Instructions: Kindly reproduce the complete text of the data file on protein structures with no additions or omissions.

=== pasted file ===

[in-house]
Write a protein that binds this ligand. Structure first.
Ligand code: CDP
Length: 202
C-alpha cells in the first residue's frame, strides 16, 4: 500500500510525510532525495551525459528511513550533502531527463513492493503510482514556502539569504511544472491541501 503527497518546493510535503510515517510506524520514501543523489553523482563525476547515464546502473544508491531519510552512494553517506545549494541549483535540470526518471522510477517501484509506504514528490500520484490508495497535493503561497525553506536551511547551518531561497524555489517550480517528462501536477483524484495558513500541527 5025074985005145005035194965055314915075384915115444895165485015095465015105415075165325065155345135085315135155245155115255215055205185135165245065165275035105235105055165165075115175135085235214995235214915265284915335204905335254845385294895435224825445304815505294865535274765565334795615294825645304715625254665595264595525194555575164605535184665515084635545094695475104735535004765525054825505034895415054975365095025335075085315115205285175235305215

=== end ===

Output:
[in-house]
Write a protein that binds this ligand. Structure first.
Ligand code: CDP
Length: 202
C-alpha cells in the first residue's frame, strides 16, 4: 500500500510525510532525495551525459528511513550533502531527463513492493503510482514556502539569504511544472491541501 503527497518546493510535503510515517510506524520514501543523489553523482563525476547515464546502473544508491531519510552512494553517506545549494541549483535540470526518471522510477517501484509506504514528490500520484490508495497535493503561497525553506536551511547551518531561497524555489517550480517528462501536477483524484495558513500541527 5025074985005145005035194965055314915075384915115444895165485015095465015105415075165325065155345135085315135155245155115255215055205185135165245065165275035105235105055165165075115175135085235214995235214915265284915335204905335254845385294895435224825445304815505294865535274765565334795615294825645304715625254665595264595525194555575164605535184665515084635545094695475104735535004765525054825505034895415054975365095025335075085315115205285175235305215